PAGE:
How Young Girls On Kolkata’s Streets Are Pushed Into Sex Work And Drugs

STC logoEditor’s Note: With #TheInvisibles, Youth Ki Awaaz and Save the Children India have joined hands to advocate for the rights of children in street situations in India. Share your stories of what you learned while interacting with street children, what authorities can do to ensure their rights are met, and how we can together fight child labour. Add a post today!

Railway stations in India are one of the most important sites of transport – and Sealdah station is one of the busiest. Thousands of people pass by this station every day, as hundreds of local and express trains run to and fro daily. No one has the time to look what the other person is up to or what is happening next to them.

Obviously, no one sees what goes on outside this station – more specifically, how the street children and their families survive. Here, I would like to share some experiences which made me think that the way these people survive should make us question our humanity.

In 2011, I was completing a post-graduate course in one of the medical colleges in Kolkata. Nearly six years later, when I visited the same place, it seemed to me that the lives of these children and their families have remained unchanged, despite all the socio-political progress Kolkata has witnessed in these years.

Early morning, at around five, these people gather outside the station from nowhere. They come in large groups which consist of small children and older ones. Allegedly, there’s a secret drug business in this area. There are drug dealers who sell them drugs (brown sugar, cocaine). They use the drugs and start their daily work of picking up plastic bottles or pick-pocketing. Many times, they are caught by the police and thrown in jail. But after they are released, they go back to do the same.

Why? Why have they been doing this? The question remains unanswered. Perhaps, they have found this to be one of the easiest and cheapest ways of surviving.

Whenever we came to Sealdah station, these children used to come begging. We used to offer them food – to no avail. All they wanted was money so that they could buy the drugs they wanted. When they are under the influence of drugs, they fall asleep anywhere. Because of the addiction, they often skip food and sometimes commit crimes to get money for more drugs.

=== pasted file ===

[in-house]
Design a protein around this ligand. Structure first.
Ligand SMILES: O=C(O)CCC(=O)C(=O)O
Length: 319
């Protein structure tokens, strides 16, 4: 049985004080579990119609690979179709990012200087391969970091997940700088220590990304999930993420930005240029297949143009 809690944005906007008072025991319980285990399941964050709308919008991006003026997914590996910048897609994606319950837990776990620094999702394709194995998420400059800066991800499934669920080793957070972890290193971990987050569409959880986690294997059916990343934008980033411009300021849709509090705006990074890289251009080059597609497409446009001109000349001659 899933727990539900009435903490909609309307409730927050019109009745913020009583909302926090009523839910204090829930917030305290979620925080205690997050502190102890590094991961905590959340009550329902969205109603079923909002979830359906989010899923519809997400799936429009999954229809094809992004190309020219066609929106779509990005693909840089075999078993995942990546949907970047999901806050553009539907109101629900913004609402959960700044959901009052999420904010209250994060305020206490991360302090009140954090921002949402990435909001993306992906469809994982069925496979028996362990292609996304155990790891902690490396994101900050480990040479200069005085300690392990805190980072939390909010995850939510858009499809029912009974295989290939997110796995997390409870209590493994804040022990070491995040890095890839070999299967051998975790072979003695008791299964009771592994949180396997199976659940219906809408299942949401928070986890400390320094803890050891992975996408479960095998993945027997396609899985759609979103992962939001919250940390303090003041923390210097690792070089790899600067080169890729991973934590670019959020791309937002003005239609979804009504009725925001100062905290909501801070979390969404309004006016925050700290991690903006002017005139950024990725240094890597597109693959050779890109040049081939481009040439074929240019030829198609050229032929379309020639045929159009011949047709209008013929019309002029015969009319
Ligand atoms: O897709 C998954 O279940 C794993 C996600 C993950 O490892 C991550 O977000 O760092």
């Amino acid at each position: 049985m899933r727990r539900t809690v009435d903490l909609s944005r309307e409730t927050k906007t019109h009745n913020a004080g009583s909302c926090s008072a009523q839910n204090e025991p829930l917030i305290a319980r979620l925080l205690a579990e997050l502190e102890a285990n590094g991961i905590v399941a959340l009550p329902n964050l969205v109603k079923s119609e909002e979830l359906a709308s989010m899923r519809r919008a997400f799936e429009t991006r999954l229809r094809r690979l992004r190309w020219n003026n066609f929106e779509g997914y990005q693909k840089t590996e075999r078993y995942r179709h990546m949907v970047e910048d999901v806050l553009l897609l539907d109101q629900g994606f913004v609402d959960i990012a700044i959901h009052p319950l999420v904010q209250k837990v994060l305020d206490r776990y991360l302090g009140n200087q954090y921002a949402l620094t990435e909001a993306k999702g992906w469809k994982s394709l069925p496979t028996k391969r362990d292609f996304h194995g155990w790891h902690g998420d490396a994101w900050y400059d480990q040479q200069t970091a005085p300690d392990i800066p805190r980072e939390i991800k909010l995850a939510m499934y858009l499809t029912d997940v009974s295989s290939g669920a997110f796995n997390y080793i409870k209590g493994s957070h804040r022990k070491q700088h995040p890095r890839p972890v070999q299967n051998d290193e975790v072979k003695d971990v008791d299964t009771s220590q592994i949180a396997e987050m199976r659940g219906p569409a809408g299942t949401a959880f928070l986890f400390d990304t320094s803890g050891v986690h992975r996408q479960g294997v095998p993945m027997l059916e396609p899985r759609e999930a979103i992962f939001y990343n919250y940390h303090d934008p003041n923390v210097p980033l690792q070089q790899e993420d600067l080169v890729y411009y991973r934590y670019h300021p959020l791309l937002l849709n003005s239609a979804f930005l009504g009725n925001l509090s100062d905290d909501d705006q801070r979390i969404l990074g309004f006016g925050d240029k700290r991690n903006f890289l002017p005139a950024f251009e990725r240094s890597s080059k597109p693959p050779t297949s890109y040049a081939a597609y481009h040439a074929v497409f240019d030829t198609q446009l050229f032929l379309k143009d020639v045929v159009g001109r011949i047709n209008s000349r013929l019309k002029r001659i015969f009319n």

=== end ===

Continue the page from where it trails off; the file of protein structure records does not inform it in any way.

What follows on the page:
Girls, who are hardly in their teens, also get addicted to drugs and become involved in this business. In many cases, they are used as ‘smuggling bags’ where they act as transporters to export drugs or smuggled goods from one place to another. Cheap cinema halls in the area provide easy access for such activities.

Around midnight, the outskirts of the station turns into a red light area. Prostitution has become one of the growing businesses in this area. Some of these girls even give ‘sexual favours’ at extremely low prices. I remember witnessing one such incident. The 15-year-old girl was being ‘tortured’ by a man who seemed to be double her age, besides also being bulkier. When we tried to talk to her, she said that she was happy the way she was, and didn’t want us to get involved into their lives.

Many of these girls also turn out to be carriers of sexually-transmitted diseases. One such girl was brought to our medical college in a severely drugged state. She was also bleeding profusely. Finally, when we confronted her, she said that she had been forced to have sex, only a couple of days after delivering her child. She wanted to die because, for her, the baby was a symbol of lust and not of love. She didn’t want to feed her baby and made several attempts to kill it in the medical college. That girl was hardly 17 years old. Later, she was sent to a rehabilitation centre – but then we learnt that she had fled from there.

It is true that the Railway Protection Force (RPF) and other authorities have become more vigilant due to rising number of thefts and the threat of terrorist attacks. For this, they are trying to move these people away from the station premises. However, all of this has only resulted in them changing their locations – but not their lifestyles.

If one observes the daily lives of these street children and their families, they will see the overwhelming influence of drugs and addiction – from morning till night. This business is increasing day by day – and with it, the number of diseases they carry is also exponentially rising. With mothers and teenage girls forced into prostitution, it would seem that even the unborn children are being ‘drugged’ in the womb. Somewhere, they are forced to be like merciless zombies who breathe and live only for their specific addiction.

On the other hand, the children surviving in these areas are also a part of the nation’s future. If, on the one hand, we can see the brighter side of a progressive India – on the other, there’s also the darker side which is yet to receive the first rays of light. Can we make them see the better side of humanity? The question remains unanswered.

For more pictures related to the story, view the gallery here.

Other pictures by the photographer can be found here.


Picture Courtesy: Arindam Mukherjee
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